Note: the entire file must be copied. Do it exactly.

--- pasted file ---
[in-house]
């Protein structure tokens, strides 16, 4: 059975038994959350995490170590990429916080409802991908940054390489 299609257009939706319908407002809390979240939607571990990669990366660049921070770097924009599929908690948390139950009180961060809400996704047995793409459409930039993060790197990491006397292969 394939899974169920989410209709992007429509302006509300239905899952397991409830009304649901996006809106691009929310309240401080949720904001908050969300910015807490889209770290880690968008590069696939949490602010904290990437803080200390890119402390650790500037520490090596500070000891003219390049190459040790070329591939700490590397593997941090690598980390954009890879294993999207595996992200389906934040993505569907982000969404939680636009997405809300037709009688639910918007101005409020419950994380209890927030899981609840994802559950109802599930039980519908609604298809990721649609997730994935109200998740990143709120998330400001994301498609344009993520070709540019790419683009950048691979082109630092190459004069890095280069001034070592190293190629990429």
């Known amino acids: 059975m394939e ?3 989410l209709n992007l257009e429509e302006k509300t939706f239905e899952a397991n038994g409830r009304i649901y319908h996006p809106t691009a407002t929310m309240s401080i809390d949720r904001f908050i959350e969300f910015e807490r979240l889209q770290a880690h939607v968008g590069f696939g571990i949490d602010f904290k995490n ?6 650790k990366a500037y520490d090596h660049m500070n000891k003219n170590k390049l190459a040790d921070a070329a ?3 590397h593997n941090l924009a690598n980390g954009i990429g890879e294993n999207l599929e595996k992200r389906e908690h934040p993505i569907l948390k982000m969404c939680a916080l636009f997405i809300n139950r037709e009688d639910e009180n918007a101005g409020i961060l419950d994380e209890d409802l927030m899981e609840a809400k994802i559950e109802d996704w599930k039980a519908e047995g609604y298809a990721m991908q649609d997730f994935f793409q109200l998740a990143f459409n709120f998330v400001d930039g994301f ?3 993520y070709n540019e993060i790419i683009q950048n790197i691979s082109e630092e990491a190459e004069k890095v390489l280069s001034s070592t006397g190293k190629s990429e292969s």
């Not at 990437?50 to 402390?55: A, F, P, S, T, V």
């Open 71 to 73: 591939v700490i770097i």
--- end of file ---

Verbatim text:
[in-house]
């Protein structure tokens, strides 16, 4: 059975038994959350995490170590990429916080409802991908940054390489 299609257009939706319908407002809390979240939607571990990669990366660049921070770097924009599929908690948390139950009180961060809400996704047995793409459409930039993060790197990491006397292969 394939899974169920989410209709992007429509302006509300239905899952397991409830009304649901996006809106691009929310309240401080949720904001908050969300910015807490889209770290880690968008590069696939949490602010904290990437803080200390890119402390650790500037520490090596500070000891003219390049190459040790070329591939700490590397593997941090690598980390954009890879294993999207595996992200389906934040993505569907982000969404939680636009997405809300037709009688639910918007101005409020419950994380209890927030899981609840994802559950109802599930039980519908609604298809990721649609997730994935109200998740990143709120998330400001994301498609344009993520070709540019790419683009950048691979082109630092190459004069890095280069001034070592190293190629990429």
């Known amino acids: 059975m394939e ?3 989410l209709n992007l257009e429509e302006k509300t939706f239905e899952a397991n038994g409830r009304i649901y319908h996006p809106t691009a407002t929310m309240s401080i809390d949720r904001f908050i959350e969300f910015e807490r979240l889209q770290a880690h939607v968008g590069f696939g571990i949490d602010f904290k995490n ?6 650790k990366a500037y520490d090596h660049m500070n000891k003219n170590k390049l190459a040790d921070a070329a ?3 590397h593997n941090l924009a690598n980390g954009i990429g890879e294993n999207l599929e595996k992200r389906e908690h934040p993505i569907l948390k982000m969404c939680a916080l636009f997405i809300n139950r037709e009688d639910e009180n918007a101005g409020i961060l419950d994380e209890d409802l927030m899981e609840a809400k994802i559950e109802d996704w599930k039980a519908e047995g609604y298809a990721m991908q649609d997730f994935f793409q109200l998740a990143f459409n709120f998330v400001d930039g994301f ?3 993520y070709n540019e993060i790419i683009q950048n790197i691979s082109e630092e990491a190459e004069k890095v390489l280069s001034s070592t006397g190293k190629s990429e292969s």
């Not at 990437?50 to 402390?55: A, F, P, S, T, V």
């Open 71 to 73: 591939v700490i770097i």